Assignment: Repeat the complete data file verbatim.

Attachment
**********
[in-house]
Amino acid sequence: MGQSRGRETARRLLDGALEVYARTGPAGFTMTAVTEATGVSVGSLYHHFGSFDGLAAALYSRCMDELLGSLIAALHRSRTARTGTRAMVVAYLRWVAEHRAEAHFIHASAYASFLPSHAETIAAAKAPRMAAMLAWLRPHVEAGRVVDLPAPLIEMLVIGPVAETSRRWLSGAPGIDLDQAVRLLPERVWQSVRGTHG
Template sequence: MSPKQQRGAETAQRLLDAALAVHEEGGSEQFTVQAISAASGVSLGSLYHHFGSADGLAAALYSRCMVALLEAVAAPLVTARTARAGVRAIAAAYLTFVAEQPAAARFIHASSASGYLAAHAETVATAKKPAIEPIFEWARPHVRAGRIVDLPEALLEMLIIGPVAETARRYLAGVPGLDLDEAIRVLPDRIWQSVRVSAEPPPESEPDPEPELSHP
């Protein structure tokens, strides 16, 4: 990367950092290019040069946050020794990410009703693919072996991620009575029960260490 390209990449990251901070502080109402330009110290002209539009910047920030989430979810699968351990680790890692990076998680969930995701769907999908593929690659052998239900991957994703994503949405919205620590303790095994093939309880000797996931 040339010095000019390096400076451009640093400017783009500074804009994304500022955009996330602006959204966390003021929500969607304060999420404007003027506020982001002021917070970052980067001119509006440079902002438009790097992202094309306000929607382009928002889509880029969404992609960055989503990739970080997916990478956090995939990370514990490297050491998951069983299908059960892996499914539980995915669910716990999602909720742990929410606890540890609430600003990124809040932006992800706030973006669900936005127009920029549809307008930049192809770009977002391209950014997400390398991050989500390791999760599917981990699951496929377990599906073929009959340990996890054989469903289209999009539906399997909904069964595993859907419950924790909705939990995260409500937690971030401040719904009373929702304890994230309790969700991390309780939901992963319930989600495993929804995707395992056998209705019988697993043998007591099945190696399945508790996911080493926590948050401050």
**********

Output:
[in-house]
Amino acid sequence: MGQSRGRETARRLLDGALEVYARTGPAGFTMTAVTEATGVSVGSLYHHFGSFDGLAAALYSRCMDELLGSLIAALHRSRTARTGTRAMVVAYLRWVAEHRAEAHFIHASAYASFLPSHAETIAAAKAPRMAAMLAWLRPHVEAGRVVDLPAPLIEMLVIGPVAETSRRWLSGAPGIDLDQAVRLLPERVWQSVRGTHG
Template sequence: MSPKQQRGAETAQRLLDAALAVHEEGGSEQFTVQAISAASGVSLGSLYHHFGSADGLAAALYSRCMVALLEAVAAPLVTARTARAGVRAIAAAYLTFVAEQPAAARFIHASSASGYLAAHAETVATAKKPAIEPIFEWARPHVRAGRIVDLPEALLEMLIIGPVAETARRYLAGVPGLDLDEAIRVLPDRIWQSVRVSAEPPPESEPDPEPELSHP
């Protein structure tokens, strides 16, 4: 990367950092290019040069946050020794990410009703693919072996991620009575029960260490 390209990449990251901070502080109402330009110290002209539009910047920030989430979810699968351990680790890692990076998680969930995701769907999908593929690659052998239900991957994703994503949405919205620590303790095994093939309880000797996931 040339010095000019390096400076451009640093400017783009500074804009994304500022955009996330602006959204966390003021929500969607304060999420404007003027506020982001002021917070970052980067001119509006440079902002438009790097992202094309306000929607382009928002889509880029969404992609960055989503990739970080997916990478956090995939990370514990490297050491998951069983299908059960892996499914539980995915669910716990999602909720742990929410606890540890609430600003990124809040932006992800706030973006669900936005127009920029549809307008930049192809770009977002391209950014997400390398991050989500390791999760599917981990699951496929377990599906073929009959340990996890054989469903289209999009539906399997909904069964595993859907419950924790909705939990995260409500937690971030401040719904009373929702304890994230309790969700991390309780939901992963319930989600495993929804995707395992056998209705019988697993043998007591099945190696399945508790996911080493926590948050401050």